A quick beer out of respect for of today’s theme, and then John Harrison was back for part two with his own mini band of friends in Christoph Thiebes on harps and myself on rhythm guitar for ‘People Get Ready’. Had John mentioned earlier that he would be playing his very loud steel guitar for this one I might have left my tiny Guild parlor guitar at home in favour of something larger and louder (or even stayed at home completely!) I’ve since heard the audio of the song and I can’t actually hear me – so if you were on my side of the audience and DID hear me – apologies, I was doing my best with a combination of brute force and ignorance to be heard.
Mario actually managed to get us back on theme with ‘Drachenblut’ and ‘TrunkenheitsLied’, he even managed to cajole everyone into sing-a-longs with a jolly song admitting that whilst everyone must die once, they should therefore go happily (Lüstig’) to their grave. 10 out of 10 for staying on the evening’s theme and also for getting everyone to sing along to a not-always-simple chorus.
Knut Rausch admitted that he did not have many live appearances under his belt and actually asked if he could bring an amplifier. He should have known that the FCB audience is an attentive one – and also appreciative. Knut very bravely chose Davey Graham’s challenging instrumental ‘Angie’ as a part of his set. If he didn’t execute it perfectly, he did do a 1000 percent better job than I could ever do. Simon Wahl’s ‘September’ and the traditional ‘Scarborough Fair’ seemed like doddles by comparison even though I wouldn’t want to take even them on as pure musical pieces. Bravery Award of the night to Knut for sure!
after the earlier pressure of proposing, Dennis Ledermann probably found playing his set a veritable breeze. His smile perhaps a sign of relief that Lena said yes. Chris Stapleton’s ‘Tennessee Whiskey’ was certainly ‘on theme’. Given the earlier events mentioned, his second contribution, ‘Folk Club Bonn’ was similarly ‘on theme’ as a thank you to the Club that brought he and Lena together, and, for him on such an evening, the perfect finish was of course a love song – Florian Künstler’s ‘Kleine Finger Schwür. If Dennis directed his glance largely to Lena for the song’s duration then I think we forgive him:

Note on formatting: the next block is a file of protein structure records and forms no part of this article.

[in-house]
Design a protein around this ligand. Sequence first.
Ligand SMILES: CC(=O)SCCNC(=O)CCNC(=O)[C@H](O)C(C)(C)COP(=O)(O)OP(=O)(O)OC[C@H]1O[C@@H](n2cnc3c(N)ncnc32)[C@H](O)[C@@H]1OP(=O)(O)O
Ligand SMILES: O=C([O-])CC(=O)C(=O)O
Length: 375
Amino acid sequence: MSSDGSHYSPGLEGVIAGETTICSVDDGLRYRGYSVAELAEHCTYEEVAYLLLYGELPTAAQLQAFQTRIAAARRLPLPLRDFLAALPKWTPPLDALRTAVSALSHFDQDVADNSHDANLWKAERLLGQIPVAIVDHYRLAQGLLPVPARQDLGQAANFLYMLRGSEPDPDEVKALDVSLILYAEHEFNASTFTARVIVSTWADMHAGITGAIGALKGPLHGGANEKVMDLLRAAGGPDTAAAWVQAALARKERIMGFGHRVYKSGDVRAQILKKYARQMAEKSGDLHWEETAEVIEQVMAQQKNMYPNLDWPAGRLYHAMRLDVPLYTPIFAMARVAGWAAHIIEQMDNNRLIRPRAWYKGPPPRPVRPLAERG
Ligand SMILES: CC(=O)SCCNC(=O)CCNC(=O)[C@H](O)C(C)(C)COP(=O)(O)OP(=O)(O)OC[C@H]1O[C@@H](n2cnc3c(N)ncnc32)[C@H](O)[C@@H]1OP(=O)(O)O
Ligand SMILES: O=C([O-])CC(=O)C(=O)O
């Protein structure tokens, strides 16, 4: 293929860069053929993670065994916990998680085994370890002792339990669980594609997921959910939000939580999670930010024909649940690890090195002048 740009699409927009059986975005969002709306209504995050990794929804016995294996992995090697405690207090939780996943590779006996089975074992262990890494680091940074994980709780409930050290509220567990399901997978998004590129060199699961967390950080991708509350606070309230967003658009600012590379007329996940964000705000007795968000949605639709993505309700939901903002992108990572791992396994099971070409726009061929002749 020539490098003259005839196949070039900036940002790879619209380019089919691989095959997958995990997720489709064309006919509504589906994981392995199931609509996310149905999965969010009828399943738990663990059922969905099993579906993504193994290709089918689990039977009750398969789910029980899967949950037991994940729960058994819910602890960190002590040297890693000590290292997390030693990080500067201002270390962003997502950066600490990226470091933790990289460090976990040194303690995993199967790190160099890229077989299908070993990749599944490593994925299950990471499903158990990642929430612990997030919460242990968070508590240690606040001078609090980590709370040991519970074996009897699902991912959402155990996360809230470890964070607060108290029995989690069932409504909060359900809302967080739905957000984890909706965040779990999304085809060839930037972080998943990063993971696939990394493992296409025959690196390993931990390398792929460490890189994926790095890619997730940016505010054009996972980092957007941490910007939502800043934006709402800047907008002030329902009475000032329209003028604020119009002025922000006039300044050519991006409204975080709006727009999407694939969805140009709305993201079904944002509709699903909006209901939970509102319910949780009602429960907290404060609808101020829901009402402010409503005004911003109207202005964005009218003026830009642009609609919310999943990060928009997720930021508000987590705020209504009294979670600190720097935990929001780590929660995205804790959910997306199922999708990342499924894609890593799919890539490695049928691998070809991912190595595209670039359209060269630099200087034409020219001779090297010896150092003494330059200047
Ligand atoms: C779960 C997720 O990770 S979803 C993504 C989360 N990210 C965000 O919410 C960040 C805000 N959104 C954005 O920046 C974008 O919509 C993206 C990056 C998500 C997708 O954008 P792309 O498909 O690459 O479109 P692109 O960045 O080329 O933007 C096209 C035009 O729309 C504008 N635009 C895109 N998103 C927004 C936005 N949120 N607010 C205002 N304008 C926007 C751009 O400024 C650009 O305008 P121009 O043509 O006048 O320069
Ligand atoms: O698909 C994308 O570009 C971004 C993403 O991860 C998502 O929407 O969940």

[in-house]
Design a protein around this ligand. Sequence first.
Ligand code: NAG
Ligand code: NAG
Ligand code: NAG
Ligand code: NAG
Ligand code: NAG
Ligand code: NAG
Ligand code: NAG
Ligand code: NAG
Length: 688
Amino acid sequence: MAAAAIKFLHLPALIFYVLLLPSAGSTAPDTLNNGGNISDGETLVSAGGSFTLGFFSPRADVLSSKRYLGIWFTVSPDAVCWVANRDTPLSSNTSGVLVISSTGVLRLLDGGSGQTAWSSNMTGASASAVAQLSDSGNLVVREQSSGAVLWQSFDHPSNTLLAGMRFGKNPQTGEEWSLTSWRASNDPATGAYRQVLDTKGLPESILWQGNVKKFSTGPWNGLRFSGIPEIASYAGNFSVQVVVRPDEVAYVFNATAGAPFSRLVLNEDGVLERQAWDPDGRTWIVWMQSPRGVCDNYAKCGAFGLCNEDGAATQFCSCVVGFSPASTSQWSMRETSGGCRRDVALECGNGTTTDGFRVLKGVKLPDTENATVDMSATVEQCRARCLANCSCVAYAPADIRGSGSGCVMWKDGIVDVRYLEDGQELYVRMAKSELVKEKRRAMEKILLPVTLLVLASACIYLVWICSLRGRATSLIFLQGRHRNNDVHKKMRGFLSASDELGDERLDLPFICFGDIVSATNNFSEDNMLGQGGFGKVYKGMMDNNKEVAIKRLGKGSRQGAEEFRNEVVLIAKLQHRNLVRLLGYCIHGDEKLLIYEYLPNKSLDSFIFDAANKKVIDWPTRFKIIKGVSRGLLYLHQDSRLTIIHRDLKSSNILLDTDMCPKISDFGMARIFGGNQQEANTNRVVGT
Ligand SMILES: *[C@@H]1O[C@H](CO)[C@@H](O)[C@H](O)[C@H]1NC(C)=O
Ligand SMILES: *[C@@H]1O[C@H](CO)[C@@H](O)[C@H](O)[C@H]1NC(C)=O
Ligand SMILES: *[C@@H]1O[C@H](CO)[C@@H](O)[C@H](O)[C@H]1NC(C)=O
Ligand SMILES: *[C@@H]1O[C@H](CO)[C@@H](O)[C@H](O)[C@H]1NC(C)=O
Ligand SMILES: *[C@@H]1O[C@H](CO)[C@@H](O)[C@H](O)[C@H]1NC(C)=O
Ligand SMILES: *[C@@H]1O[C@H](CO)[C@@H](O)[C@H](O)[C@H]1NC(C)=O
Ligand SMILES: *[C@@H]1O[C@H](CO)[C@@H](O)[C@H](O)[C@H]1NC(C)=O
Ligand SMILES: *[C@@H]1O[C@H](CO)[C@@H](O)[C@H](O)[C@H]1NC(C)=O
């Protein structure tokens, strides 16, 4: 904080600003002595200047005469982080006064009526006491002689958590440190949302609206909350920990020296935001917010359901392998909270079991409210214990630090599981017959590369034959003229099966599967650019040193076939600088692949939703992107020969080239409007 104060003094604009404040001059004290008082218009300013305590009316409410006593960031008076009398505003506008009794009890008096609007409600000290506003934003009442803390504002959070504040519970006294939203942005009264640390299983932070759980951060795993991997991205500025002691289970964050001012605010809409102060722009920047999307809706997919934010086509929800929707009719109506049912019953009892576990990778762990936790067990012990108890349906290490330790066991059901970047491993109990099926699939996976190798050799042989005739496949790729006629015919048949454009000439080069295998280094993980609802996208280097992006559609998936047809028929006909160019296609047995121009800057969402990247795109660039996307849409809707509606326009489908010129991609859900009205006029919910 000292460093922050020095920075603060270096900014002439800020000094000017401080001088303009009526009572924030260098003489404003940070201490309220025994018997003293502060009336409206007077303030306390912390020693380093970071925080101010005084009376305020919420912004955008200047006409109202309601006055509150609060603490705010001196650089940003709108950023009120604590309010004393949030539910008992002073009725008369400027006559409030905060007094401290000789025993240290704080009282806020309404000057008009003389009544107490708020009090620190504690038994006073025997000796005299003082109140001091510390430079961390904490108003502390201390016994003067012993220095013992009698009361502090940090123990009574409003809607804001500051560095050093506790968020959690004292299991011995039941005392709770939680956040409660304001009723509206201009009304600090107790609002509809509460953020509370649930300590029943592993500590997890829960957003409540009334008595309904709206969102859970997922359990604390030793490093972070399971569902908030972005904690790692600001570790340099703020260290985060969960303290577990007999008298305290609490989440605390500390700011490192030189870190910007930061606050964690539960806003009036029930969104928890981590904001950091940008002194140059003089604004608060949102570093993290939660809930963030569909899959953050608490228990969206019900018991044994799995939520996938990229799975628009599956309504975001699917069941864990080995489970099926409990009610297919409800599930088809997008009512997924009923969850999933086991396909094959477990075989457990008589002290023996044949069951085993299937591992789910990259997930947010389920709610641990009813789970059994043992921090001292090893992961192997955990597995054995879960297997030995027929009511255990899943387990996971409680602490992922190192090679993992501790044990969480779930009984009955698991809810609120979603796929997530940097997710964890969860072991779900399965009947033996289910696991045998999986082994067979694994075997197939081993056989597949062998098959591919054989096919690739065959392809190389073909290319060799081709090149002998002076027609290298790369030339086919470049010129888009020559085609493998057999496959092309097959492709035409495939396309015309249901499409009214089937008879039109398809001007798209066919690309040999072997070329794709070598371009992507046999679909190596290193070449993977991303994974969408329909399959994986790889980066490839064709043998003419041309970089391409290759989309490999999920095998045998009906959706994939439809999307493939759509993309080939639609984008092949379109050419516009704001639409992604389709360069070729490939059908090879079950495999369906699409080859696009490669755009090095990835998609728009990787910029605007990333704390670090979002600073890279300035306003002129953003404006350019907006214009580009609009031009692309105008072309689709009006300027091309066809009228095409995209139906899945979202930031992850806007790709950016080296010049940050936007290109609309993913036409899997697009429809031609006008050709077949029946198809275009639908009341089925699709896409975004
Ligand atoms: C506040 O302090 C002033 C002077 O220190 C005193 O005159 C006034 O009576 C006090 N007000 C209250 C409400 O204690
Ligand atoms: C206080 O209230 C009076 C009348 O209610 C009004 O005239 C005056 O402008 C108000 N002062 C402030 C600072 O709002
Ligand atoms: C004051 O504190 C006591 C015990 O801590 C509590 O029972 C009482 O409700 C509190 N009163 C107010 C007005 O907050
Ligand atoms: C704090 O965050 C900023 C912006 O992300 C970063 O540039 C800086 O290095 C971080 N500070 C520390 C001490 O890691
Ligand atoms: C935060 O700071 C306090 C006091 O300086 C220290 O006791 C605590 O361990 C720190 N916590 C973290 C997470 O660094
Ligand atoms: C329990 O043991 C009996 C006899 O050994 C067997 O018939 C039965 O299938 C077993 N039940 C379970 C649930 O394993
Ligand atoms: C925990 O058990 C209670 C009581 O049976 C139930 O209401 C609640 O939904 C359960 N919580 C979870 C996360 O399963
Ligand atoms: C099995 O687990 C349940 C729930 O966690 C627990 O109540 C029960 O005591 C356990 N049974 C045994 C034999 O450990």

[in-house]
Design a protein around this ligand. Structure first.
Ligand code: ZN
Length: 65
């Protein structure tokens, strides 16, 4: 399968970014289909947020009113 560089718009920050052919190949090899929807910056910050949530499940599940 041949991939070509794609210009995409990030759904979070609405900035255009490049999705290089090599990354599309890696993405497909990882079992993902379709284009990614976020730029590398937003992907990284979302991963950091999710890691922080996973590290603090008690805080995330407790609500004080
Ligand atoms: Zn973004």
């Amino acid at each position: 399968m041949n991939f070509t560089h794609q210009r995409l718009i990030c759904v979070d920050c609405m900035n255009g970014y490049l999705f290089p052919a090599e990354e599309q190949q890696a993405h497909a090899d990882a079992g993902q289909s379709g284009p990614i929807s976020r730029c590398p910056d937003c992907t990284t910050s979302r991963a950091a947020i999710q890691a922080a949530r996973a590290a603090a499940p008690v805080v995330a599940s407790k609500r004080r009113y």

“Da ist so ein Gefühl im Bauch
Das ich nie gekannt hab, mit dir ist es anders
Ey, bitte, weck mich nie mehr auf
Weil ich bei dir keine Angst hab, mit dir ist es anders“
As John Harrison confided later – Whatever else FCB did, or indeed does in the future, bringing two rather special people together will be up there with the best of its achievements because, as our very special guest was to note, bringing people together is actually what Clubs and pubs should be all about.
Star Guest time. Johnny Campbell somehow slipped through our fingers in the past. For whatever reason, we never had him at meetings on his previous forays across Europe. Huddersfield-born Johnny is, rather like our own Simon Kempston, an inveterate World traveler. Johnny even does his travels sans automobile, relying on public transport. Despite that, he managed to be at Dotty’s in good time to set out his merchandise stall: CD’s, t-shirts, stickers, patches …and tea towels?! There, I said Johnny was a bit special. He actually has a wonderful designer, Katie Allen, who really does capture the essence of English Folkiness as much in her graphics as Johnny does in his songs.